It's 9 o'clock in the morning. The temperature is approaching 90 degrees. The humidity level is off the charts. Construction is booming next door, making conversation impossible. Rush hour traffic is at its peak and the not-so-occasional Metro bus rattles by. And Debby Foy-Everett is sitting at a tiny table situated between a cement block wall and the front door of the Bagels Etc. on P Street NW.
It's the hottest, driest summer in decades. So why on earth is she consuming bagels with cream cheese and hot coffee outside at such an ungodly location?
"Because the weather is so gorgeous," deadpans Foy-Everett, on holiday from England.
But she's not alone. Look around. Otherwise sane persons are sitting curbside, in frightening proximity to the street, at "patios" and "outdoor cafes" that are really sidewalks converted into barely inhabitable dining spaces with views of a busy thoroughfare or a back alley. For al fresco ambiance, they've got oppressive heat, humidity and bus fumes.
What are these people thinking?
"It's just nice to be outside in the summertime," explains Chrisy Wood, a 28-year-old media buyer who prefers to dine outside whenever--and wherever--possible.
Certainly, in the first few weeks of spring in Washington, when winter has faded to a chill memory, when the air is fresh and the trees are in bloom, even a lone plastic table wobbling in the wind beckons to diners. In April and May, a diner can understandably accept the normal risks of eating outdoors--napkins blown off by gusts of wind; uncomfortable, uncushioned chairs; honking traffic; the debris from jackhammers digging up the streets to install cables.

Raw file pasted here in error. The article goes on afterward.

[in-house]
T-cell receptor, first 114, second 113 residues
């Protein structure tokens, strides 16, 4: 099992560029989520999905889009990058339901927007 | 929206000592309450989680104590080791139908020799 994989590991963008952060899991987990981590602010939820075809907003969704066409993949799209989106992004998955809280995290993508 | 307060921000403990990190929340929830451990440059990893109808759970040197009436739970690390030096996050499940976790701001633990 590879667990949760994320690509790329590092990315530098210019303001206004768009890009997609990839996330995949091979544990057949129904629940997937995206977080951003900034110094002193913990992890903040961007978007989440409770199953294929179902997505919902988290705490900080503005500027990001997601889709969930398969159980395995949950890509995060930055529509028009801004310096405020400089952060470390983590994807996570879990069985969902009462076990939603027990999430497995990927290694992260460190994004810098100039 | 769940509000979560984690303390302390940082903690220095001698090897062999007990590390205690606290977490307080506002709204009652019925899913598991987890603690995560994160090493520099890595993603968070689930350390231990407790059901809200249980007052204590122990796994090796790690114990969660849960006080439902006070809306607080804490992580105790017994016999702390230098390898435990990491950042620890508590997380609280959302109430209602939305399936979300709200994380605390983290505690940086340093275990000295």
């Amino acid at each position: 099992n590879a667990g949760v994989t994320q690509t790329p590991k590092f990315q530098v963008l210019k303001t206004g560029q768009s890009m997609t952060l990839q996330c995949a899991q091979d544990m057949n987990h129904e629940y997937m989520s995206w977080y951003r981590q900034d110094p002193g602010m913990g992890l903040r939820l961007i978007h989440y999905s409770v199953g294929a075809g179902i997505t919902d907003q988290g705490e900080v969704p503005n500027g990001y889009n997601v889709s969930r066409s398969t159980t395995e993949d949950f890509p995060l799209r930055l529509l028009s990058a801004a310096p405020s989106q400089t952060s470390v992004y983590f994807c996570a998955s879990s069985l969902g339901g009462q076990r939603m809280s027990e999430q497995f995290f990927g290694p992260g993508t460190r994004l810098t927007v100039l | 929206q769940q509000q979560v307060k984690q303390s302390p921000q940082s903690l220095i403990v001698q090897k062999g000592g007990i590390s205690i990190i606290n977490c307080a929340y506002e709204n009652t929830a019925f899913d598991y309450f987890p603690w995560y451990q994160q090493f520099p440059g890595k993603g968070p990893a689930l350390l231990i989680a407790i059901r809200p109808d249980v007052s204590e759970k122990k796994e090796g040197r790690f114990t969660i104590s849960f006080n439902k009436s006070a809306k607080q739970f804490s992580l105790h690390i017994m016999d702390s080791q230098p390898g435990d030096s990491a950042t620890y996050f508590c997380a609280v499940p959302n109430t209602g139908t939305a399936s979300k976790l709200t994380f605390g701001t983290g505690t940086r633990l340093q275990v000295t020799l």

But as spring melts into D.C.'s infamously muggy summer, why would anyone willingly sit outside sipping hot liquids in full sun?
"It's my first cup of coffee of the day--it doesn't matter where I'm sitting," explains Allan Harrison while sitting at XandO in Dupont Circle at midday, with the temperature at 102. He is even shunning the shaded portion of the sidewalk. Were all of the inside seats taken? Oh no, he just likes to be outside.
His buddy and cohort in masochism that day, Tom Burch, shares the same mind-set. He simply dons a hat and sunglasses and plunks himself down with his newspaper; as long as he has a breeze, he's fine.
"Oh, sitting outdoors is a prerequisite for summertime dining," gushes John Lineberger, a 34-year-old art director. "There's such a short window of opportunity, you'll do whatever it takes, though maybe not in the dead of summer."
Lineberger is willing to sacrifice comfort for a more laid-back experience than staid, formal restaurants would provide--to an extent. It's an escapist tendency, he explains, for Washingtonians sick of being encased in buildings.
"There's nothing more romantic than dining in a secluded courtyard, basking in the dappled sunlight while wisteria blossoms fall across your plate and into your wine glass," sighs Lineberger, reminiscing about a recent meal at the Iron Gate Inn on N Street NW.
Granted Washington has many wonderful courtyards, brick-lined gardens and tranquil patios where an elegant meal can be enjoyed in style and comfort. But we're not talking here about the picturesque outdoor dining at Old Angler's Inn way up river on MacArthur Boulevard, or the patio at the Tabard Inn, also on N Street NW. We're talking about the restaurants that perch their tables and chairs along the curbs of Connecticut, Wisconsin and Pennsylvania avenues, or the streets surrounding Dupont Circle, downtown Bethesda and Old Town.
What drives people to eat practically in the street?